all versions of EnGarde Secure Linux. Successful exploitation of this vulnerability
may result in a temporary denial of service until the bad record expires
from the cache.

http://www.linuxsecurity.com/advisories/engarde_advisory-3816.html

 
 
Distribution: Fedora
  11/25/2003 Ethereal
    buffer
overflow vulnerability

These updated ethereal packages fix a security problem found in versions
prior to 0.9.16. It also fixes several other minor bugs and problems.

http://www.linuxsecurity.com/advisories/fedora_advisory-3814.html

 
 
Distribution: Gentoo
  11/24/2003 Ethereal
    multiple
vulnerabilities

It may be possible to make Ethereal crash or run arbitrary code by injecting
a purposefully malformed packet onto the wire, or by convincing someone
to read a malformed packet trace file.

http://www.linuxsecurity.com/advisories/gentoo_advisory-3808.html

 
  11/24/2003 Glibc
    buffer
overrun vulnerability

A bug in the getgrouplist function can cause a buffer overflow if the size
of the group list is too small to hold all the user's groups. This overflow
can cause segmentation faults in user applications. This vulnerability exists
only when an administrator has placed a user in a number of groups larger
than that expected by an application.

http://www.linuxsecurity.com/advisories/gentoo_advisory-3809.html

 
  11/24/2003 Libnids
    remote
code execution

There is a bug in the part of libnids code responsible for TCP reassembly.
The flaw probably allows remote code execution.

http://www.linuxsecurity.com/advisories/gentoo_advisory-3810.html

 
  11/24/2003 phpSysInfo
    directory
traversal

phpSysInfo contains two vulnerabilities which could allow local files to
be read or arbitrary PHP code to be executed, under the privileges of the
web server process.

http://www.linuxsecurity.com/advisories/gentoo_advisory-3811.html

 
 
Distribution: Mandrake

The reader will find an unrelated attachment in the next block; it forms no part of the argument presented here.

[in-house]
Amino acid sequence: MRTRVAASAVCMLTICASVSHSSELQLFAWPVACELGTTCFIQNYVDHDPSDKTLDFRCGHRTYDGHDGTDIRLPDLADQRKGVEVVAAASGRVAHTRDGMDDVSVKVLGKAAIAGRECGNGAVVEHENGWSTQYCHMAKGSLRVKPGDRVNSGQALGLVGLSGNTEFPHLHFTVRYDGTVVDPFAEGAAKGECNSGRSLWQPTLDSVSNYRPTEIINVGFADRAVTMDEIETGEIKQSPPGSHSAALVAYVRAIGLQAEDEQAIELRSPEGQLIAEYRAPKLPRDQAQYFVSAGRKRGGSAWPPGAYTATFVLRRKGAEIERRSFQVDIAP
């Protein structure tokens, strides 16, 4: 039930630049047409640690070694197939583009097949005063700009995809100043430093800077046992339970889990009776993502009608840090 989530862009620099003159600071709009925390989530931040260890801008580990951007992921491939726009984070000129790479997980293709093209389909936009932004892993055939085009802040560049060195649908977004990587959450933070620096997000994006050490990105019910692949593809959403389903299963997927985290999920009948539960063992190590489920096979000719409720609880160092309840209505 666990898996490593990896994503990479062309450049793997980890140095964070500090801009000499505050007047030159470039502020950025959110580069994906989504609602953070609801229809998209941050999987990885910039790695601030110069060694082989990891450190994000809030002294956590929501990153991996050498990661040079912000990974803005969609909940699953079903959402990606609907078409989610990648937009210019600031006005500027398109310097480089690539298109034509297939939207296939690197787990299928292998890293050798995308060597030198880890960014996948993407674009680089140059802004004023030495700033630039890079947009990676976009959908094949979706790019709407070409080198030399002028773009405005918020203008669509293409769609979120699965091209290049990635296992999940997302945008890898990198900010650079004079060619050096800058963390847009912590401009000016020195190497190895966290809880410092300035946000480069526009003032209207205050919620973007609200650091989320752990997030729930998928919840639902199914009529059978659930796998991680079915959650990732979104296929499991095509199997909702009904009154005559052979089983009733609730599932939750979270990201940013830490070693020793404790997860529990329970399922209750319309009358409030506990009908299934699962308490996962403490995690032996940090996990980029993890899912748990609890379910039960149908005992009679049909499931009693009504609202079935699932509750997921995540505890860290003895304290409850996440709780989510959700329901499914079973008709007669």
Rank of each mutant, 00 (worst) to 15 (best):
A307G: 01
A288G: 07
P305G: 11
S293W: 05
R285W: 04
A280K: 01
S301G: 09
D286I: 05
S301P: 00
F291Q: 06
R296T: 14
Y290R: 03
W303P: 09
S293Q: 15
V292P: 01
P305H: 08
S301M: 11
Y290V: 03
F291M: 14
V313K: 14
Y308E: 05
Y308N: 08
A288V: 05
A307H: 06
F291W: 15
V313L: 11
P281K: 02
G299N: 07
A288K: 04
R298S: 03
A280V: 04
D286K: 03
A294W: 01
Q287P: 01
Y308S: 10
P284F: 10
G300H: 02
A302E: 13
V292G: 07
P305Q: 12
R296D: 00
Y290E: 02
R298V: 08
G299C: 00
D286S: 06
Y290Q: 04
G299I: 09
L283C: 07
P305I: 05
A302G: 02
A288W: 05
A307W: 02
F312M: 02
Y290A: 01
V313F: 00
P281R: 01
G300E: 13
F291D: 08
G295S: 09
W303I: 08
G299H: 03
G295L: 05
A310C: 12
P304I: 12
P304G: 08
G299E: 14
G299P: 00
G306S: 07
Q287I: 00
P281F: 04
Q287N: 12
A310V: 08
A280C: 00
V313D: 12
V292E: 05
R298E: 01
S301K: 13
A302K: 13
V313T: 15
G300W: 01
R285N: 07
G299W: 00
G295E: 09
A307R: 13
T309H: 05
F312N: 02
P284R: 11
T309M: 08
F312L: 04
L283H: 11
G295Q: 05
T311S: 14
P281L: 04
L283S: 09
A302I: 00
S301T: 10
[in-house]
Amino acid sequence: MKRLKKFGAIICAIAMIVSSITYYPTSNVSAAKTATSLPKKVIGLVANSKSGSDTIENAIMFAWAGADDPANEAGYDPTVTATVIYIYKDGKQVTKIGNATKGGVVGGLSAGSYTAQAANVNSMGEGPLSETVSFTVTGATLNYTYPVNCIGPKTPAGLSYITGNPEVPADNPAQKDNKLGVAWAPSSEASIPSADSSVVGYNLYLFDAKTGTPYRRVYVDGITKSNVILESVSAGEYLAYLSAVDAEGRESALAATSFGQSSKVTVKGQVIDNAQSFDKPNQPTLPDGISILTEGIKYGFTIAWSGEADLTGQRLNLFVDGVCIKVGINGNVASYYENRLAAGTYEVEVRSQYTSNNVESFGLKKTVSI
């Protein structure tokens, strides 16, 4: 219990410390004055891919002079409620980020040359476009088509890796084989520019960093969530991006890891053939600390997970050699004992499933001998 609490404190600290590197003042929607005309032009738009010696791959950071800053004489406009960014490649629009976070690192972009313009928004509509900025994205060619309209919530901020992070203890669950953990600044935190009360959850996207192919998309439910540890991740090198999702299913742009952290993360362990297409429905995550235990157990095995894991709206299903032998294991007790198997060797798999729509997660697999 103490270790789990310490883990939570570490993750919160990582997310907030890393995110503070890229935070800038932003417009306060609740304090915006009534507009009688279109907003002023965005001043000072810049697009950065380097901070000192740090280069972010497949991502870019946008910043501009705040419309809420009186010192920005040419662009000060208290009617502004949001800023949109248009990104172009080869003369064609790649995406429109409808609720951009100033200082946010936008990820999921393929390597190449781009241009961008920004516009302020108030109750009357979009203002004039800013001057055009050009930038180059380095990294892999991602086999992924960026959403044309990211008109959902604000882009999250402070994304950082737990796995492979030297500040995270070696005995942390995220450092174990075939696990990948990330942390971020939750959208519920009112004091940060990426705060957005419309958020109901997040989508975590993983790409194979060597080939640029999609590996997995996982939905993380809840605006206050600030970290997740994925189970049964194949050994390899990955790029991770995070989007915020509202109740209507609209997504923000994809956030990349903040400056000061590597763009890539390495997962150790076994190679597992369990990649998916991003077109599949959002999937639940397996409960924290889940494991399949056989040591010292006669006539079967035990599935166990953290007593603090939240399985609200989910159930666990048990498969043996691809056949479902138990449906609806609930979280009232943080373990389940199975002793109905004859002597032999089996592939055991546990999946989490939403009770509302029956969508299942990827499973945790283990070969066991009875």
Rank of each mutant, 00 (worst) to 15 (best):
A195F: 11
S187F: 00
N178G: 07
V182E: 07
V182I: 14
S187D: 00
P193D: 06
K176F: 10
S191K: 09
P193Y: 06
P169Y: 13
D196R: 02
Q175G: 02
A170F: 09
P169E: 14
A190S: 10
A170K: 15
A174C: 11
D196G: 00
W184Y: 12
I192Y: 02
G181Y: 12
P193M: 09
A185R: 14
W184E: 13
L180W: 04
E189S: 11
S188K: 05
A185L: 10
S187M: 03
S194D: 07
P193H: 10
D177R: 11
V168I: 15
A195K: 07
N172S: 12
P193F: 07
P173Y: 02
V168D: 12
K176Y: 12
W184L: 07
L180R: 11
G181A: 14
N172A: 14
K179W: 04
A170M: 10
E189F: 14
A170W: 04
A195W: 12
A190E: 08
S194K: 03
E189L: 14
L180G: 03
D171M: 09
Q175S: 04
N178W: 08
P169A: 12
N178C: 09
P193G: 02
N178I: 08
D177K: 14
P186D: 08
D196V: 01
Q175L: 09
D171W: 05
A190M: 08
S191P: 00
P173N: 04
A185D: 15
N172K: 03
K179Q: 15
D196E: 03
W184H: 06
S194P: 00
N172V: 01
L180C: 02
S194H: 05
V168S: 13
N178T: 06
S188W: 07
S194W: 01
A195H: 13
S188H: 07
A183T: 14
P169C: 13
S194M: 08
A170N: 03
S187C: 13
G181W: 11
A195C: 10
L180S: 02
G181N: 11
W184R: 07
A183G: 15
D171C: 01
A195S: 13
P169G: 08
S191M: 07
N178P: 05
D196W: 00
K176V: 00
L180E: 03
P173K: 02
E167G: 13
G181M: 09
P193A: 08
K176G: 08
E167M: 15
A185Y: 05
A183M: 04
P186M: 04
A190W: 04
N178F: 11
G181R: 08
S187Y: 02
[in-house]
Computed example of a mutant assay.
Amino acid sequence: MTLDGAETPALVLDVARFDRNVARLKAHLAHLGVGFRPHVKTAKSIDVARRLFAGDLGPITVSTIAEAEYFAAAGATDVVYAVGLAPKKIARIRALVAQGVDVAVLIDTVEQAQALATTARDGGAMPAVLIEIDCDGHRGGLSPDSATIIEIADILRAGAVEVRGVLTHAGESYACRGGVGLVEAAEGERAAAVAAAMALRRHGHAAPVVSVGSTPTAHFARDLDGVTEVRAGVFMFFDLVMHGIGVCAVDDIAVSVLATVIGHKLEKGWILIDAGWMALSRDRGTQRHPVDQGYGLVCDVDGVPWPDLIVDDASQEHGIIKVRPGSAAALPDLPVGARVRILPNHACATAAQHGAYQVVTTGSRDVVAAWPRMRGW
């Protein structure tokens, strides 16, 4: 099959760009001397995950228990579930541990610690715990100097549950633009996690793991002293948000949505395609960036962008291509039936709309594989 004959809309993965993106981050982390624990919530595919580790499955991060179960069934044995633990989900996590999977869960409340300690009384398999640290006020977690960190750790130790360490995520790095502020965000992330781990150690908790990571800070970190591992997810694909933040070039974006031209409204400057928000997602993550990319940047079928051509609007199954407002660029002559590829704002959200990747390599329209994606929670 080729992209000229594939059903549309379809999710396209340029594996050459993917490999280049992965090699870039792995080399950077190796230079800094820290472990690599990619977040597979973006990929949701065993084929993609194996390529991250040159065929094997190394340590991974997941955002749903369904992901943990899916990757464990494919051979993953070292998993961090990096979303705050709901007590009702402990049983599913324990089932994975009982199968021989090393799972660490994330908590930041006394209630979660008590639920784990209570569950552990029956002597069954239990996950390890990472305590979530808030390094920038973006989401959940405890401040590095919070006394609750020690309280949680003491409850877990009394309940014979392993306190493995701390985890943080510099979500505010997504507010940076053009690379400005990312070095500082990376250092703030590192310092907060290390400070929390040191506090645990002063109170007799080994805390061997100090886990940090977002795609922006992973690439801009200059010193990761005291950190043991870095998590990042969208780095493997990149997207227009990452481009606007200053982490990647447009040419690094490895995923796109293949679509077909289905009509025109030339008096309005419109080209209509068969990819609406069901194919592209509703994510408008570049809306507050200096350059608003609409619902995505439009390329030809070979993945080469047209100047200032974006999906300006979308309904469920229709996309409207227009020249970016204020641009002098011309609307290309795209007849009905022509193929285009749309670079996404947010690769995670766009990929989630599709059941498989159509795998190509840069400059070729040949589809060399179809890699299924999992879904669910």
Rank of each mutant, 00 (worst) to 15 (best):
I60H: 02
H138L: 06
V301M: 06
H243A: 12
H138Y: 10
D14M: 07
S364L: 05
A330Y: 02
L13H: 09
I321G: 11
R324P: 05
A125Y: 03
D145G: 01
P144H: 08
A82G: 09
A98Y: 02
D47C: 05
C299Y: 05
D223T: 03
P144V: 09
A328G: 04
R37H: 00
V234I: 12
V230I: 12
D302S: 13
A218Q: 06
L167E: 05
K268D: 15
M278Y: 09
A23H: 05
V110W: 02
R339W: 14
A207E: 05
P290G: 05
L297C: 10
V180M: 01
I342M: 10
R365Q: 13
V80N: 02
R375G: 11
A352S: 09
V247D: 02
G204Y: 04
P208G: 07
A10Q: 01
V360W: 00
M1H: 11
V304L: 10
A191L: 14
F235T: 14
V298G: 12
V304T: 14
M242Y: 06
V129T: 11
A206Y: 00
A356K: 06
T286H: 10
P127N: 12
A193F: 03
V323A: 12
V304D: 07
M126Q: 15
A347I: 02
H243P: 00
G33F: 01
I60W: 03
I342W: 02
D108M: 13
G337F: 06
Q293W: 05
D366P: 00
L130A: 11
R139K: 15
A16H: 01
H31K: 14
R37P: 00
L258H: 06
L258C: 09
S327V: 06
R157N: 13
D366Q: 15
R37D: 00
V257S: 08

11/21/2003 freeswan
    directory
traversal

The version of freeswan bundled with the latest kernel update did not match
the freeswan package which essentially rendered it unuseable. This update
brings the freeswan package up to date with the kernel version.

http://www.linuxsecurity.com/advisories/mandrake_advisory-3803.html

 
  11/26/2003 Stunnel
    file descriptor
leak

A vulnerability was discovered in stunnel versions 3.24 and earlier, as
well as 4.00, by Steve Grubb. It was found that stunnel leaks a critical
file descriptor that can be used to hijack stunnel's services.

http://www.linuxsecurity.com/advisories/mandrake_advisory-3815.html

 
 
Distribution: Red
Hat
  11/24/2003 EPIC
    Buffer
overflow vulnerability

Updated EPIC packages which fix an exploitable buffer overflow vulnerability
are now available.

http://www.linuxsecurity.com/advisories/redhat_advisory-3804.html

 
  11/24/2003 iproute
    Local
denial of service vulnerability

Updated iproute packages that close a locally-exploitable denial of service
vulnerability are now available.

http://www.linuxsecurity.com/advisories/redhat_advisory-3805.html

 
  11/24/2003 stunnel
    Signal-handling
vulnerability

Updated stunnel packages are now available for Red Hat Linux 7.1, 7.2, 7.3,
and 8.0 systems. These updates address problems stemming from improper use
of non-reentrant functions in signal handlers.

http://www.linuxsecurity.com/advisories/redhat_advisory-3806.html

 
  11/24/2003 Pan
    Denial
of service vulnerability

Updated Pan packages that close a denial of service vulnerability are now
available.

http://www.linuxsecurity.com/advisories/redhat_advisory-3807.html

 
 
  11/25/2003 XFree86
    Multiple
vulnerabilities

Multiple integer overflows in the transfer and enumeration of font libraries
in XFree86 allow local or remote attackers to cause a denial of service
or execute arbitrary code via heap-based and stack-based buffer overflow
attacks.

http://www.linuxsecurity.com/advisories/redhat_advisory-3812.html